In this letter . . .

Let's Play Cards! (workout)

Dave Brubeck and Longevity

Does Golf Prolong Life?

Let's Play Cards! (workout)

From Living the Fitness Lifestyle. —LF

I love the pure grit of this workout. Yet I don’t do it very often because at my age it would wear me down as a part of my weekly training cycle. There are ways to tone it down (I’ll explain how later). But when I do it, it is mainly to test myself. I use a stopwatch and give it about all I’ve got. Anyone young and tough enough to weave Let’s Play Cards into a weekly workout cycle will get combat hard and super-fit at warp speed.

I also wish I could say I thought up the workout, but I can’t. The story goes that the famous American wrestler Karl Gotch introduced it to Japanese wrestlers and judoka to get them in shape fast. They still use it today, I'm told. Here's how it works in the basic Japanese form.

Get a deck of cards. Assign all the black cards to push-ups, and the red cards to squats. Assign face cards a value of 10. Aces are 11. Shuffle the deck and draw a card. Let's say it's a red 7. So you do 7 squats. Draw another card, and say it's a black 9. Now you do 9 push-ups. Keep moving this way until you've gone through the entire deck, which takes about 30-minutes or less for well-conditioned athletes.

You don’t have to do it in the pure Japanese form. It’s okay to be creative. Personally, I like assigning 4 exercises instead of 2, which I think provides more balance for a full-body workout. For example, I have done bodyweight squats (for hearts), push-ups (for diamonds), squat-thrusts (spades), and sit-ups (clubs). Full-scale masochists may up the intensity even further by doubling the number of any one of the exercises the card value calls for.

Beginners can do the routine if they adjust the intensity and duration by using only the 2s, 3s, 4s, and 5s in the deck, for example. They can gradually “up the ante,” so to speak, by adding additional card numbers as their fitness improves, until finally they are using the whole deck.

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Dave Brubeck and Longevity

Because my focus is on exercise and healthful eating, I may at times give short shrift to other important longevity and lifestyle factors.

I thought about this following a Dave Brubeck Quartet concert that Patty and I attended two weeks ago. Brubeck as you may know redefined jazz in the 1950s and also composes works for symphony orchestras.

He lives today in rural Connecticut but was raised on a ranch in the Sierra foothills of Northern California. When I was in high school, a few jazz enthusiast friends and I would drive into San Francisco to hear his quartet at the legendary Blackhawk club. In those days, minors were allowed in clubs as long as they did not drink alcohol.

It was a wonderful time and I saw many great jazz musicians at the Blackhawk, such as Brubeck, Carmen McCrea, Earl Bostic, and Cal Tjader. And the Dave Brubeck Quartet was about as cool as cool could ever be. A young Paul Desmond played sax; Joe Dodge was the drummer; and Bob Bates was on bass.

When Patty and I took our seats at the Davies Symphony Hall, it had been 50 years since I had last seen Brubeck. At 87 years old, he was unsteady walking across the stage and leaned on his saxophone player, Bobby Militello, to get to the piano. Then he began to play, and the years magically disappeared. It was 1955 again at the Blackhawk. Brubeck still has it. He is still the percussive-minded pianist driving his superb quartet. They were terrific, and seniors all.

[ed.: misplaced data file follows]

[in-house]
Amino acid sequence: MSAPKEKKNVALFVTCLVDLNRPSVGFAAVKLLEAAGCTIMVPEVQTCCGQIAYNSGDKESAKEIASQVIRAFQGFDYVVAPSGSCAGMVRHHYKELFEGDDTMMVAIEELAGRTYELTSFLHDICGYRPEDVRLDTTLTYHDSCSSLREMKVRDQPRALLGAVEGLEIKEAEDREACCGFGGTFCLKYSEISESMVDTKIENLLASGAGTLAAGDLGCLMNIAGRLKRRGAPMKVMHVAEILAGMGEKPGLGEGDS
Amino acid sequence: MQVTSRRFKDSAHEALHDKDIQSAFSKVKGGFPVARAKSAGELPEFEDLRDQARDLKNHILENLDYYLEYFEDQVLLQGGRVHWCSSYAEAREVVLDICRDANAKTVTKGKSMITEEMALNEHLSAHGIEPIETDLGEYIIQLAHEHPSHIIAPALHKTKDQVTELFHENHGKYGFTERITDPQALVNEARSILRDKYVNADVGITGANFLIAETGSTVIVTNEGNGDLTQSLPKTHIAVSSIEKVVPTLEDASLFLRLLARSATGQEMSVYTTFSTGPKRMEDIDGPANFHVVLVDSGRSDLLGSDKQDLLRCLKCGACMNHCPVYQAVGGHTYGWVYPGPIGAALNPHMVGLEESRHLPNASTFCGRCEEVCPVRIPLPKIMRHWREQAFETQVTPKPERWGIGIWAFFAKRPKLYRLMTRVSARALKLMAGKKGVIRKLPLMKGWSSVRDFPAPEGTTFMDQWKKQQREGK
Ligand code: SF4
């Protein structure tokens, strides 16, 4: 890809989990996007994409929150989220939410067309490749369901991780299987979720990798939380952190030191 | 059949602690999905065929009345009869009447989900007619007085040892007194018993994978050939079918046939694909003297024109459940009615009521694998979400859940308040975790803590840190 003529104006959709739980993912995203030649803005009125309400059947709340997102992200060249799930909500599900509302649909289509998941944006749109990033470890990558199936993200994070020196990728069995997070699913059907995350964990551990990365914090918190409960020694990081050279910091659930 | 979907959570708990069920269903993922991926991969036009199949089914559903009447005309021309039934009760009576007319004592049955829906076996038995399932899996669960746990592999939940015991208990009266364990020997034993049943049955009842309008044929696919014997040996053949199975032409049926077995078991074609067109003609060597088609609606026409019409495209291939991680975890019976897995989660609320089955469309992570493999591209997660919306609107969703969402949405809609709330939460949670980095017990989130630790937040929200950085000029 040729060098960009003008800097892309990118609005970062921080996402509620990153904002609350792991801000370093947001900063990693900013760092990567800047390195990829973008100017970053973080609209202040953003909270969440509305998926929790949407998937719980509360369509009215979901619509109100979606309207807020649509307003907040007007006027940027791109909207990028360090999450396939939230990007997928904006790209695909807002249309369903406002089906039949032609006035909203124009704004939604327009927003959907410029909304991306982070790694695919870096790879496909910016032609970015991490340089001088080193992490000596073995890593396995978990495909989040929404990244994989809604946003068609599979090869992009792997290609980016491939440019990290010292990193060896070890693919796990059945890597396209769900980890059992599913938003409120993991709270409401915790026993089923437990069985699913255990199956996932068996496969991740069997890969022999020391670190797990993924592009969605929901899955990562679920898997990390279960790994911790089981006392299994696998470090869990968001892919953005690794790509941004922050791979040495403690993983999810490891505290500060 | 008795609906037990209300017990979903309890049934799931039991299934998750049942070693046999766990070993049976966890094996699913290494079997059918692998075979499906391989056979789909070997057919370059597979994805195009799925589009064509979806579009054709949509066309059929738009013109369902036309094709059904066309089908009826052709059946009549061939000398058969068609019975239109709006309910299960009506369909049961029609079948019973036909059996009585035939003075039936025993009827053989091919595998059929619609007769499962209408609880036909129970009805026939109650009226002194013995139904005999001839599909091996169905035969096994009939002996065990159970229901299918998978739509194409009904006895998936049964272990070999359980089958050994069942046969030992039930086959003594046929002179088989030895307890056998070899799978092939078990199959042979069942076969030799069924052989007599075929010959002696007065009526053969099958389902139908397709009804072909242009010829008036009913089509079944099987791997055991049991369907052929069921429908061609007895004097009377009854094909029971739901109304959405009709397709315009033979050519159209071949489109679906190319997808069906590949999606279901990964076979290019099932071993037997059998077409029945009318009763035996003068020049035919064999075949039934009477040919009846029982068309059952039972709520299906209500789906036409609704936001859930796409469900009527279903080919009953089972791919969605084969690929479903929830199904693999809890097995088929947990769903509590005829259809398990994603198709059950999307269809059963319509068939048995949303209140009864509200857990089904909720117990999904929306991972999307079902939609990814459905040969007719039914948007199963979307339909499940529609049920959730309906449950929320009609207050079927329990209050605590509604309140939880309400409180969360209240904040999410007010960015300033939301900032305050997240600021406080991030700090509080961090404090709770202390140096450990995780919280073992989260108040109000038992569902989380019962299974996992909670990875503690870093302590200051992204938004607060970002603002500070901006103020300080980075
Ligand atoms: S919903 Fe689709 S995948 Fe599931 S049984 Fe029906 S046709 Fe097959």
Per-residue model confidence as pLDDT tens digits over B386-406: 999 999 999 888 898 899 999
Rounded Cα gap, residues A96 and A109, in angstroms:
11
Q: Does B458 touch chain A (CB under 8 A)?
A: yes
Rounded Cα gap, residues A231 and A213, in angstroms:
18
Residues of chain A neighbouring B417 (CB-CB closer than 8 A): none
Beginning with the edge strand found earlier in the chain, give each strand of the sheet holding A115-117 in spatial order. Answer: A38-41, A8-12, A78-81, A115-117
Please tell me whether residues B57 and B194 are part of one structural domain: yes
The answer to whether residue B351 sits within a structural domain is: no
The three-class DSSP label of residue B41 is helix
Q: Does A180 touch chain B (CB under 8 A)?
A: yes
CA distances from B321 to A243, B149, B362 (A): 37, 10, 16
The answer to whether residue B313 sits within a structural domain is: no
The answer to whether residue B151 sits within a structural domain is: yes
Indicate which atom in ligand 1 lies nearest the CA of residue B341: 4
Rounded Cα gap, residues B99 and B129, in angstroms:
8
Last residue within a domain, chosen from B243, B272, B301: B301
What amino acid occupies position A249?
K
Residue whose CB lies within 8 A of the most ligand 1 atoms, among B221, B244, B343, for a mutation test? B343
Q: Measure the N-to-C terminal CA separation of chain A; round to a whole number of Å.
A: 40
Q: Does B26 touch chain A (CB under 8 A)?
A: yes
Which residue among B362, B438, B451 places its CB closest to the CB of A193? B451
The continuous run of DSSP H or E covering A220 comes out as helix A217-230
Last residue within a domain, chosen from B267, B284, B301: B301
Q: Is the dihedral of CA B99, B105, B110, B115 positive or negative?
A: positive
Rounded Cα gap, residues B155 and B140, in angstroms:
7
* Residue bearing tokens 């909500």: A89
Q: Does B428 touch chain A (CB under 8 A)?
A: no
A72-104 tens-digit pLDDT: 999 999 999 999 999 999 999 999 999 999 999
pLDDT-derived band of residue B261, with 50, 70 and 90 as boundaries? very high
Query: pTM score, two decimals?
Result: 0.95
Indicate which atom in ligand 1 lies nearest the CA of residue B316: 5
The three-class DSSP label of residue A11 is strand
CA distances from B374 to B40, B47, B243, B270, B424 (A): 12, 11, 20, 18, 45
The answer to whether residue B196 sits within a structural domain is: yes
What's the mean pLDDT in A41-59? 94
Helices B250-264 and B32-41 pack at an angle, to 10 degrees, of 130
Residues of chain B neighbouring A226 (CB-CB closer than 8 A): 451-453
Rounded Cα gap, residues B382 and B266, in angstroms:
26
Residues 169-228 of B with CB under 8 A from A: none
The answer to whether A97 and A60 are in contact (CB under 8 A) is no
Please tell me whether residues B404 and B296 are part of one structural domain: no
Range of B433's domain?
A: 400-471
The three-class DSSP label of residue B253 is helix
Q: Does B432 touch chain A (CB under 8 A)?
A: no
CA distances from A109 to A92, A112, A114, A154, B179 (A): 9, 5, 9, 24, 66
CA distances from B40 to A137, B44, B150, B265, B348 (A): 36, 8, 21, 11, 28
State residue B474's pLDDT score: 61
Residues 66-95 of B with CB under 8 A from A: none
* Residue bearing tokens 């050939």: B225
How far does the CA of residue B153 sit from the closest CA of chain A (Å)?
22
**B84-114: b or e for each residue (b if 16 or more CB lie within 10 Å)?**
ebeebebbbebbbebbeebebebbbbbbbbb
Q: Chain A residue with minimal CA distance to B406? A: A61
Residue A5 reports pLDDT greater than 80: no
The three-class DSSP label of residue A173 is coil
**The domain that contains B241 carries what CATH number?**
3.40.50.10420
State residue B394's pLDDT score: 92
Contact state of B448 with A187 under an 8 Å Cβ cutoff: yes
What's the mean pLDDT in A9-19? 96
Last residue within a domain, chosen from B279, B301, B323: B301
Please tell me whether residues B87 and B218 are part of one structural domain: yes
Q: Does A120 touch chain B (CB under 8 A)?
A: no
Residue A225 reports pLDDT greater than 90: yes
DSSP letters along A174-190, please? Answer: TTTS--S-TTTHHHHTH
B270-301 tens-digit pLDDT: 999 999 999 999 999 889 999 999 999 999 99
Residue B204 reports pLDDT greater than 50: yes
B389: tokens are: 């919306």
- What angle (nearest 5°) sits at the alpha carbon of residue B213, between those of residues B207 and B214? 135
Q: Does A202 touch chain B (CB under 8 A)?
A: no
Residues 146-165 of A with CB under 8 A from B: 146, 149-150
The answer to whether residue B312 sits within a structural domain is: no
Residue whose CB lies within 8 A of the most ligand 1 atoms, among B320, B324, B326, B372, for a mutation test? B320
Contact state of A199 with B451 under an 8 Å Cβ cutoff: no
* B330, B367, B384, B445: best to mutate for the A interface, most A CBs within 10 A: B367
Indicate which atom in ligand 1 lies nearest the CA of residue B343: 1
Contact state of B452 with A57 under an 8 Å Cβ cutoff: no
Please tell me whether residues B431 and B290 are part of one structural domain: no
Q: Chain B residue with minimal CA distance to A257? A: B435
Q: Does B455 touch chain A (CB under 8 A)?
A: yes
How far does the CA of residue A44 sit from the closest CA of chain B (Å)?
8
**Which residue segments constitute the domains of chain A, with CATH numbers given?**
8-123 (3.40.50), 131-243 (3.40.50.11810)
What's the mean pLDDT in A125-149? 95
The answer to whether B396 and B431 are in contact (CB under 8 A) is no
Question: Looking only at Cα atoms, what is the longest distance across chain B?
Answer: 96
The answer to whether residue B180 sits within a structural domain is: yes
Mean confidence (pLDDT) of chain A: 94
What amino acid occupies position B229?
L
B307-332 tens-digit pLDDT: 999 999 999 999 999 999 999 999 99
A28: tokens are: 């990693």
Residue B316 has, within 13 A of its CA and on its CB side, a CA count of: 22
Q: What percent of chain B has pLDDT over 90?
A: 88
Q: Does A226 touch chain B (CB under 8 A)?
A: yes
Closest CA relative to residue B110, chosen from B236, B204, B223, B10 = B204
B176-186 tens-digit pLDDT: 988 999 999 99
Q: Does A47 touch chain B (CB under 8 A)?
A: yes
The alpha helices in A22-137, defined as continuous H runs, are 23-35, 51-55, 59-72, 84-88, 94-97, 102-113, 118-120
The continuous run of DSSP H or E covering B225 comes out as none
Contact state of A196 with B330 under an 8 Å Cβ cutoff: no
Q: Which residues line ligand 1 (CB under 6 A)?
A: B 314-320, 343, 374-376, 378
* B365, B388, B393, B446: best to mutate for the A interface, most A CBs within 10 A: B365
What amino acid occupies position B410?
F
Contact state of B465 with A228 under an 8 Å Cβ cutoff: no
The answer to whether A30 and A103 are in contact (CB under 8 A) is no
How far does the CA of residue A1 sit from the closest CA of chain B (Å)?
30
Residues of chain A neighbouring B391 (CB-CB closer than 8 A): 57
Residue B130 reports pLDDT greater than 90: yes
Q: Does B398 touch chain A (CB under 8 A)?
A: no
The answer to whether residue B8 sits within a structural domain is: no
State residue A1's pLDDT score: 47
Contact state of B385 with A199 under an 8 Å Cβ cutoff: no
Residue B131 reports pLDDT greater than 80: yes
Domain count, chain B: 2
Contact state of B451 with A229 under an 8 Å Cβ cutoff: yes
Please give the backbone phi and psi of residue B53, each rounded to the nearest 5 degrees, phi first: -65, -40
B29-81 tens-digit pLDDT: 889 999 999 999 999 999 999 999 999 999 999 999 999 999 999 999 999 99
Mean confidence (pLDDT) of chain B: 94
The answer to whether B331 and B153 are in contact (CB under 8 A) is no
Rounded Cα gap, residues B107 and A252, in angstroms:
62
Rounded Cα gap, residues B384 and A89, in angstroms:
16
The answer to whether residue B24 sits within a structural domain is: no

Of course we can’t all be Dave Brubeck. Nonetheless, each of us has interests and passions of our own to discover or rediscover. Personally, I knew that art and fitness were my callings by the time I was a teenager, and probably even earlier than that. What I could do better than most of my peers was draw. And I was always looking for ways to build strength and muscle.

Now I am retired, and I have been for quite some time. Yet I've never really thought of myself as being retired. I'm fortunate to be absorbed in the creative process of making art and promoting the fitness lifestyle. Without these strong interests, or something equally engaging, I don't know where I'd be.

We've all seen people who retire and then vegetate in front of a television set. What a terrible waste. No, we can’t all be Dave Brubeck. But somewhere in each of us there are interests and passions only waiting to be rediscovered and released.

One good way to uncover them is by looking backward to our childhood and adolescence. Recall the thoughts, activities, and dreams that sent your imagination and spirit soaring. Those are the clues. Develop interests related to them and experience a personal renaissance.

Does Golf Prolong Life?

I am not a golfer. It’s a wonderful game that never appealed to me. To me, Mark Twain had it right: “Golf is a good walk spoiled.”

But let’s give credit where credit is due. According to a study in Sweden, the death rate for golfers is 40% lower than for other people of the same sex, age and socioeconomic status. That adds up to a five year increase in life expectancy. And golfers with a low handicap are the safest.

Now that is a pretty positive outcome. Still I would expect the benefits would be canceled out if too much time is spent afterward at the 19th hole?

Full report in Science Daily.

The Gray Iron Fitness Newsletter is a free publication sent monthly to our subscribers. Our purpose is to provide honest and realistic fitness information for people age 50 and above.

Always consult with your physician before making dietary changes or starting an exercise program.

Your comments or questions are always appreciated.


Logan Franklin
The Gray Iron Fitness Newsletter